Neither Democrats nor Republicans are prepared to say a word in opposition to Israeli Prime Minister Ehud Olmert’s decision to add far-right Knesset member Avigdor Lieberman and his Yisrael Beiteinu party to Israel’s governing coalition.
Instead, Democrats are shoring up their pro-Israel bona fides. They are strikingly anxious because of a courageous new book by President Jimmy Carter that hit American bookstores in mid-November, Palestine: Peace Not Apartheid. It is an extraordinarily bold–and apt–title.
Incoming House Speaker Nancy Pelosi, among others, forcefully criticized the book. “It is wrong,” she declared, “to suggest that the Jewish people would support a government in Israel or anywhere else that institutionalizes ethnically based oppression, and Democrats reject that allegation vigorously.”
Lieberman, however, embodies the pursuit of “ethnically based oppression.” He has called for the execution of Arab Knesset members for meeting with Hamas leaders, and he regularly talks of removing from Israel many Arab Israelis in what can euphemistically be termed a land swap or “transfer,” but in more plain-spoken English is a form of ethnic cleansing.
There is a dual system of law at work in the occupied West Bank and East Jerusalem–one for Jews and one for Palestinians. Additionally, Palestinians are confined to South Africa-like bantustans, while Palestinian refugees are refused permission to return to homes and land from which they were expelled by Israel. Meanwhile, Jews from around the world are welcomed under Israel’s Law of Return.
Some members of the American Jewish community have tried to make the case for ending Israeli domination of the Palestinians, but most members of Congress still prefer to listen to the American Israel Public Affairs Committee (AIPAC) and the Anti-Defamation League (ADL).
The ADL criticized Lieberman in May, but National Director Abraham Foxman now says, “He has served Israel well in the past, and I have no doubt he will do so again.” This abdication of moral authority is from the head of an organization that claims to provide “programs and services that counteract hatred, prejudice and bigotry.”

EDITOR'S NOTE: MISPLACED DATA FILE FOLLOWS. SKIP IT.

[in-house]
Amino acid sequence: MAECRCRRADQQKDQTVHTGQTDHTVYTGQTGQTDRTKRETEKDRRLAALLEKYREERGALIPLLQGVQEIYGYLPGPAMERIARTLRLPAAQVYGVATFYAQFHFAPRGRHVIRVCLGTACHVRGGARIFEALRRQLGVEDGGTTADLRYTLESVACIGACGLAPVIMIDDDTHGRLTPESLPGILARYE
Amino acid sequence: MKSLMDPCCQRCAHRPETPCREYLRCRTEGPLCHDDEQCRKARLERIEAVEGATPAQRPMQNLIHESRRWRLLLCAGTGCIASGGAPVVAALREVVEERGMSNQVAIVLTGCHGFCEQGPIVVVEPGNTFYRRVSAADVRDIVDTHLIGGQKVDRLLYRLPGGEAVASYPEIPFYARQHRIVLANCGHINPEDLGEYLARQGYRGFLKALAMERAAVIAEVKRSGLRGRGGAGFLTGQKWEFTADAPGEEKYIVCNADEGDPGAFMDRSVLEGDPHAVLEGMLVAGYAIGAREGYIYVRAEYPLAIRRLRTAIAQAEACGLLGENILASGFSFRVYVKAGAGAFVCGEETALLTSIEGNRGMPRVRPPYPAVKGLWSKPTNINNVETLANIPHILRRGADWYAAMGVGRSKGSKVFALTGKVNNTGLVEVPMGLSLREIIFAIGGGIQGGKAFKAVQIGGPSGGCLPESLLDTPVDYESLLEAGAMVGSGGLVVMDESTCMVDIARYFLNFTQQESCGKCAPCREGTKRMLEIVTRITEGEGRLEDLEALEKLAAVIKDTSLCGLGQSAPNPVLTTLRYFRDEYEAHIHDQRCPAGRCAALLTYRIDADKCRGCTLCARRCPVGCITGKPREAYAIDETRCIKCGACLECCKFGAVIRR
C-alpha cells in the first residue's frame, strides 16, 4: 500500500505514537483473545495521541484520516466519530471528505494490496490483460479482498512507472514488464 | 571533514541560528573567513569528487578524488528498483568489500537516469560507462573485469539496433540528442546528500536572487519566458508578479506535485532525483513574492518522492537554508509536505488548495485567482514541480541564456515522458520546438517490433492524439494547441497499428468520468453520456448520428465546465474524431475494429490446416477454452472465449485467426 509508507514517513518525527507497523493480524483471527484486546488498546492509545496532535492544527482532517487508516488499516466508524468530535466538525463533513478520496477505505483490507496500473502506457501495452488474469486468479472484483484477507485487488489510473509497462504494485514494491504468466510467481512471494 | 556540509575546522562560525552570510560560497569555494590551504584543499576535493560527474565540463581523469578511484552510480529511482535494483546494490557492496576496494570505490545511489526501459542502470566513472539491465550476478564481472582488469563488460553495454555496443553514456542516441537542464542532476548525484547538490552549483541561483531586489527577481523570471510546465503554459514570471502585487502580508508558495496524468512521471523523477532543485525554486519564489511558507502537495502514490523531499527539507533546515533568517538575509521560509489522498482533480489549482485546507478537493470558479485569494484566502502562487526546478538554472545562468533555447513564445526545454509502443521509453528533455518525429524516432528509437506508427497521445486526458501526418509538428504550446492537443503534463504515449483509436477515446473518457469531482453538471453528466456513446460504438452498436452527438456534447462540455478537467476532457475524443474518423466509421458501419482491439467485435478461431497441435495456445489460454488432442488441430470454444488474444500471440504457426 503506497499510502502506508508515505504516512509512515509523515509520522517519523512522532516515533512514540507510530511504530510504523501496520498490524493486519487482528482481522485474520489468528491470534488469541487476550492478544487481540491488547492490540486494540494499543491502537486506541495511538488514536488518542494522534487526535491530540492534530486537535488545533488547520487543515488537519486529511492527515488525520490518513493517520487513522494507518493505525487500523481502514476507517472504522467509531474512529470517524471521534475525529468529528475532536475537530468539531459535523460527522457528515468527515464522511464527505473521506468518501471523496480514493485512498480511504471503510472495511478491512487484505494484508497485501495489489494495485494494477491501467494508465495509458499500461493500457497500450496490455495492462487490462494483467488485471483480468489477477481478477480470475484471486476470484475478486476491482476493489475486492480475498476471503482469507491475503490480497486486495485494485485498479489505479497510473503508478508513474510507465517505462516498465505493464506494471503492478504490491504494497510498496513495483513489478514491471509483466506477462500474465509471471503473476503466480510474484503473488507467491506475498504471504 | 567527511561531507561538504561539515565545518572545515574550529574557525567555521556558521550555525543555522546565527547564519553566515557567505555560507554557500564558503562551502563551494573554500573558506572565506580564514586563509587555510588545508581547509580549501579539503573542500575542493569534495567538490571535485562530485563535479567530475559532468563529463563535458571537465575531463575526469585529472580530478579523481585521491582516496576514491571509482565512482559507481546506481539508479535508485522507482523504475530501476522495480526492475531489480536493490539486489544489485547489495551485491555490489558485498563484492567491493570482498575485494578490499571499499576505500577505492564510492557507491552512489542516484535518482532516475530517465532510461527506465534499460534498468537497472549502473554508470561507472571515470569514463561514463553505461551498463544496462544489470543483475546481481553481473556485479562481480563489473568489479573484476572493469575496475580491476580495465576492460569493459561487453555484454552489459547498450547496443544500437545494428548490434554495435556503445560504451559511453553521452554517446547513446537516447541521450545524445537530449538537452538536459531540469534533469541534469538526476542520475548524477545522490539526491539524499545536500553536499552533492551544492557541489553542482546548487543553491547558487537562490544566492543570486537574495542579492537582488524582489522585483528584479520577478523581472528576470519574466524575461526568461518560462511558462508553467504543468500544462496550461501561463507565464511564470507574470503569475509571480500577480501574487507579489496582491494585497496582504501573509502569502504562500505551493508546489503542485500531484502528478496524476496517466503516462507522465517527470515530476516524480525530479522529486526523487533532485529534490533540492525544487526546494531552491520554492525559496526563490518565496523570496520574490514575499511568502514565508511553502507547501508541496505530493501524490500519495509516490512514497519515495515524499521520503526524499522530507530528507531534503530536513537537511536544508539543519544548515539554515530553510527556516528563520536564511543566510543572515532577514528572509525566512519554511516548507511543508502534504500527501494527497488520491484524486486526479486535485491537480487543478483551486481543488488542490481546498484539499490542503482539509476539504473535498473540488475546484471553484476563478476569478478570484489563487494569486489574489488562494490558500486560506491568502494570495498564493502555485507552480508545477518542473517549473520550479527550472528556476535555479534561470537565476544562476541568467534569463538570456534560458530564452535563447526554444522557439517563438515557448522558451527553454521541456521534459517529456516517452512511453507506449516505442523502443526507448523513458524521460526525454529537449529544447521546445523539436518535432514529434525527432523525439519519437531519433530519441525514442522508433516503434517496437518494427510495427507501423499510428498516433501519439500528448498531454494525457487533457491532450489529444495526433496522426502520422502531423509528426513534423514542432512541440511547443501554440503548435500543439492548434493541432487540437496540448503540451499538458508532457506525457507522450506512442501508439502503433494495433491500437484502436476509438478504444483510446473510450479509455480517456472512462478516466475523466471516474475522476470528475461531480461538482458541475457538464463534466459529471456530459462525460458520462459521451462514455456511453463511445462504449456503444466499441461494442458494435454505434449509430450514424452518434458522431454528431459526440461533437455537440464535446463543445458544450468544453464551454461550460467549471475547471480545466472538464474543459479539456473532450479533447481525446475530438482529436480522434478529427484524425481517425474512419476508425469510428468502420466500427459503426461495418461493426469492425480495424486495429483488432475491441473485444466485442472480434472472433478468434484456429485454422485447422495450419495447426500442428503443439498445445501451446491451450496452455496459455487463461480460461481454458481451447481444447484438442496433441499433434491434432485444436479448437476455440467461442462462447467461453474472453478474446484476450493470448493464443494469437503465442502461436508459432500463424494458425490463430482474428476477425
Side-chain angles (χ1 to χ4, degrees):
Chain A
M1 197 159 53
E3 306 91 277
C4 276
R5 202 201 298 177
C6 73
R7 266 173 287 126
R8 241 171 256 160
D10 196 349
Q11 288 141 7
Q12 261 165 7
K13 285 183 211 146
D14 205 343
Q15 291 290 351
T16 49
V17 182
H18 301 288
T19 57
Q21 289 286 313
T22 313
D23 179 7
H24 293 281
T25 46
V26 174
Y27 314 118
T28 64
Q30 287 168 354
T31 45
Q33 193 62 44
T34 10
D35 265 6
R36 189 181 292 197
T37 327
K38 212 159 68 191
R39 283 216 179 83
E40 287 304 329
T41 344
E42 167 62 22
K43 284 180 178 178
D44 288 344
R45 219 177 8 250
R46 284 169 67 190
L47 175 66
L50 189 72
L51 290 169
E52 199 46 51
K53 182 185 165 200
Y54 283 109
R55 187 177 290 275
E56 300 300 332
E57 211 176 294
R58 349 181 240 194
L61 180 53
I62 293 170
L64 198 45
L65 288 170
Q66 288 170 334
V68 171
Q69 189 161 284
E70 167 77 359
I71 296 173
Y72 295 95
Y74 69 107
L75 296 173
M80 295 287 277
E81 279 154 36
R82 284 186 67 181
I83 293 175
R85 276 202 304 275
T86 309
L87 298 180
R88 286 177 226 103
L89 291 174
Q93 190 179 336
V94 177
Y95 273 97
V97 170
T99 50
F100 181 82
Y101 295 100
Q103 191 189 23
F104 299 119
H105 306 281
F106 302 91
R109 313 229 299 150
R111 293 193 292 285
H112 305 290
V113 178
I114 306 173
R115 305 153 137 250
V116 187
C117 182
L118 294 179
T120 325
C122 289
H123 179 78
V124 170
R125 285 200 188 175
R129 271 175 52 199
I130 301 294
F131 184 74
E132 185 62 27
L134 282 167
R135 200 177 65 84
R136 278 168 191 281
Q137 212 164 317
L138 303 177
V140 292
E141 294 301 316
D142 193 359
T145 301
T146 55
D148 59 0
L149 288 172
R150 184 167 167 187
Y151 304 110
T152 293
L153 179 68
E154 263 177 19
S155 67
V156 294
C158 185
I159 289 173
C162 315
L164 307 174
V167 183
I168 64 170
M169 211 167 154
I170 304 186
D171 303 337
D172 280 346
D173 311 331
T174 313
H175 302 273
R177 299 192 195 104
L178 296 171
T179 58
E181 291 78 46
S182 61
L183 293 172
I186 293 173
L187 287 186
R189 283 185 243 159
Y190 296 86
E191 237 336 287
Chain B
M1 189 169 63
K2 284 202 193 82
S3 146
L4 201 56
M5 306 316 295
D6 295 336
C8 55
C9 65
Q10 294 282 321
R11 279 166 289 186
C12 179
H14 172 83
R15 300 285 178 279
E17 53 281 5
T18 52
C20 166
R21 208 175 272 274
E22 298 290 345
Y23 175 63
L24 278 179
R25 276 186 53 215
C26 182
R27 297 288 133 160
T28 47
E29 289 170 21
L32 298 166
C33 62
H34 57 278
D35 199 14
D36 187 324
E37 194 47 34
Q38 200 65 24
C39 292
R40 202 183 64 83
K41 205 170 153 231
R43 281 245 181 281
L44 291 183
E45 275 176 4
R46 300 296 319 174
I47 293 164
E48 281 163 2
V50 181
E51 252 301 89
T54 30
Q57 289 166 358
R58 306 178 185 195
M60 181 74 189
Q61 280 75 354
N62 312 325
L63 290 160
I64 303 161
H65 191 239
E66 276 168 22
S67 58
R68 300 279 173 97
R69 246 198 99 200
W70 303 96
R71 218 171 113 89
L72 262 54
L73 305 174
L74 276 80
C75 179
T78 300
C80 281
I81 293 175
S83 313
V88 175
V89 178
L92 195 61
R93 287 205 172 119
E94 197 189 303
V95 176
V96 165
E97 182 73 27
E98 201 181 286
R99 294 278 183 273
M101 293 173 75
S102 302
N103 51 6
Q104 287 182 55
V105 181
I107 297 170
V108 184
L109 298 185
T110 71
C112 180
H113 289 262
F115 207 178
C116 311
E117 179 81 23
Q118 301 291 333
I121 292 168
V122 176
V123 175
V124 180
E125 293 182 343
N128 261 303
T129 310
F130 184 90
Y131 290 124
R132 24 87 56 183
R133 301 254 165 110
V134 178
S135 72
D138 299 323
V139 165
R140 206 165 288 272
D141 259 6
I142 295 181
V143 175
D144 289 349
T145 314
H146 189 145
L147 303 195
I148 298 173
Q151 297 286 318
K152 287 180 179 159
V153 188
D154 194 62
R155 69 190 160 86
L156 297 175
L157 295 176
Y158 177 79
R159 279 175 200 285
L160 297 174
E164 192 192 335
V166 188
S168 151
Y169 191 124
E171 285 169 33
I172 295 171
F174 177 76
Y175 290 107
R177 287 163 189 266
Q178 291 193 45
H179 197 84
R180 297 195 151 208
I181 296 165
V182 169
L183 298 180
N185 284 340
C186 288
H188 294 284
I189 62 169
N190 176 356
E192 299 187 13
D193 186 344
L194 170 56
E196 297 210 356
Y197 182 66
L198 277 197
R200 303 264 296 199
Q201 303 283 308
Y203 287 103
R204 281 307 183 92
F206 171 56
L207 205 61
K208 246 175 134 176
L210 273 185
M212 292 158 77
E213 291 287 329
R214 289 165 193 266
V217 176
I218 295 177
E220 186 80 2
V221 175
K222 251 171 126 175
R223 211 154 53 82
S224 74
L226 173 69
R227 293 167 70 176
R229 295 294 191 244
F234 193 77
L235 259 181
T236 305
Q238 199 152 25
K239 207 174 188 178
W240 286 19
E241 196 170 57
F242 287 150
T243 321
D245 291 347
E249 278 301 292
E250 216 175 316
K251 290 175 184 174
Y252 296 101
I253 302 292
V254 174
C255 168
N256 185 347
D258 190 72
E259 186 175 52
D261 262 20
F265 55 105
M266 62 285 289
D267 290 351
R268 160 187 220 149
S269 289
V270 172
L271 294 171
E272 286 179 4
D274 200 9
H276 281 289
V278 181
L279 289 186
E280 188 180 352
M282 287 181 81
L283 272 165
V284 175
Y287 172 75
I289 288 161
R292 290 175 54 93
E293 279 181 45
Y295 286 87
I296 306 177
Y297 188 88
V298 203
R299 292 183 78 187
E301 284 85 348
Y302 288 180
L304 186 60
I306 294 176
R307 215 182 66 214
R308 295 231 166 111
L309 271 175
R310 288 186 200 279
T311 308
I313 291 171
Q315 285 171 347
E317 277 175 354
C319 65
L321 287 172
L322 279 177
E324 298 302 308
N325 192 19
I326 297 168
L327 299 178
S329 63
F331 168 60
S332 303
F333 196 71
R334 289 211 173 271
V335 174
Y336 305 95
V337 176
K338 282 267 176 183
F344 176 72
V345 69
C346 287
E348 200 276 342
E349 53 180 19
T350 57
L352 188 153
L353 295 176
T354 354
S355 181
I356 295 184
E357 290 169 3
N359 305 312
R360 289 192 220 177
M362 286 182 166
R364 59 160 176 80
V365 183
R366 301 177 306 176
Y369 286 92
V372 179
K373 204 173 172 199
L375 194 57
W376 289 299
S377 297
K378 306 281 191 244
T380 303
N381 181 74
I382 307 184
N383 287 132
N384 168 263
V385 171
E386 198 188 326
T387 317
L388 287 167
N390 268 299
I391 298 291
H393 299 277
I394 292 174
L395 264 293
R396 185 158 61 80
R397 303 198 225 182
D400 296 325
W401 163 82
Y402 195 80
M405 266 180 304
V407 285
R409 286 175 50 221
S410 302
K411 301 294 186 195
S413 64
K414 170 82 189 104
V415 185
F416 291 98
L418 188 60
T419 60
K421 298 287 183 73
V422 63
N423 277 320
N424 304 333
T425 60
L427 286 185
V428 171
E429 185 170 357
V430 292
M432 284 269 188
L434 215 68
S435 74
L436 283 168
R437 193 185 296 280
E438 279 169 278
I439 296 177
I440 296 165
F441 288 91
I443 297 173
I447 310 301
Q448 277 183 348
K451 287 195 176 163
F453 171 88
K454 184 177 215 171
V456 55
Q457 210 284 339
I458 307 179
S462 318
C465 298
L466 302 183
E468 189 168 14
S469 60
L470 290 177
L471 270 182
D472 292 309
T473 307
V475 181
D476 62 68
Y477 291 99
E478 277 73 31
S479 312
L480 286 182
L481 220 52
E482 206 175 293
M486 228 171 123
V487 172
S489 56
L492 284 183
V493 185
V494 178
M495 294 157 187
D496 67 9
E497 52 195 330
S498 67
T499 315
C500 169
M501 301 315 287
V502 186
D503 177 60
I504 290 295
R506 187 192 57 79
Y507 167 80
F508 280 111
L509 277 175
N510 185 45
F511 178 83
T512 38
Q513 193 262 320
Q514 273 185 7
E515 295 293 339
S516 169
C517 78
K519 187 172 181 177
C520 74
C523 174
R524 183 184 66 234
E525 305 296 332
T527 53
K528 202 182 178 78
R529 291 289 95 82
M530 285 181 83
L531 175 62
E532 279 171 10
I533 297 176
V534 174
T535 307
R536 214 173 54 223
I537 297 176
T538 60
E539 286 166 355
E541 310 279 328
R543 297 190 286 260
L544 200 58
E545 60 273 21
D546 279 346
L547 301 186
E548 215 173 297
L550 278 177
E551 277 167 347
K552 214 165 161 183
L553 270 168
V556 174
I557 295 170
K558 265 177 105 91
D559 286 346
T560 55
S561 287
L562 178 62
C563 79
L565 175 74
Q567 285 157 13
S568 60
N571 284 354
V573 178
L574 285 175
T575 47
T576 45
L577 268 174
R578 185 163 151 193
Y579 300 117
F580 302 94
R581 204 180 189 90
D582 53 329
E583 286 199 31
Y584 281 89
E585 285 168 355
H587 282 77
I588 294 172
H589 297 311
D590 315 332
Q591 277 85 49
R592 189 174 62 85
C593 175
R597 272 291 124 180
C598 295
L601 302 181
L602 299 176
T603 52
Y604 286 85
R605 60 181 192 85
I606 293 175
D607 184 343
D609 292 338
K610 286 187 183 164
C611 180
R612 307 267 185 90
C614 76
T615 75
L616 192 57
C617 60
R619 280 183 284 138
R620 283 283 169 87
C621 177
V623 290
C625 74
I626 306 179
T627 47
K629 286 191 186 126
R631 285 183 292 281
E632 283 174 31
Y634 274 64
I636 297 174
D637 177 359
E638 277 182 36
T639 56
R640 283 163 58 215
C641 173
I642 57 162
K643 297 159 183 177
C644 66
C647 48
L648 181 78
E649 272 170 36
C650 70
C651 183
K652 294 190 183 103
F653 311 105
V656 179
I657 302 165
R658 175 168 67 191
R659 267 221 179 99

Pelosi is very close to AIPAC, and when it comes to Israeli discrimination against Palestinians she appears to have a willed ignorance. It’s as if she looked at the Jim Crow South and failed to recognize the discriminatory treatment meted out to African-Americans. How would Americans react had Pelosi claimed that there was no racism at work in the Jim Crow South or in apartheid South Africa?
The same claim of hers regarding the occupied territories is deeply troubling. Yet here we are in the twenty-first century with a generally well-informed leader saying there is no ethnic oppression by Israel at the very moment that a notorious racist is joining the government coalition. On that she is silent.
Indeed, it is hard to see how any serious American politician can fail to see the racism that courses through the thirty-nine-year Israeli occupation of the Palestinian territories. A partial explanation can be found in Pelosi’s willed ignorance–a disbelief or bewilderment that Israel’s military and political leadership could be capable of such systematic human rights violations–but some of the cause must also be attributed to lobbying efforts and the fear held by many Americans of being unfairly labeled as unfriendly to Israel or, worse, as anti-Semitic. Verbal intimidation has worked on far too many, politicians and activists alike.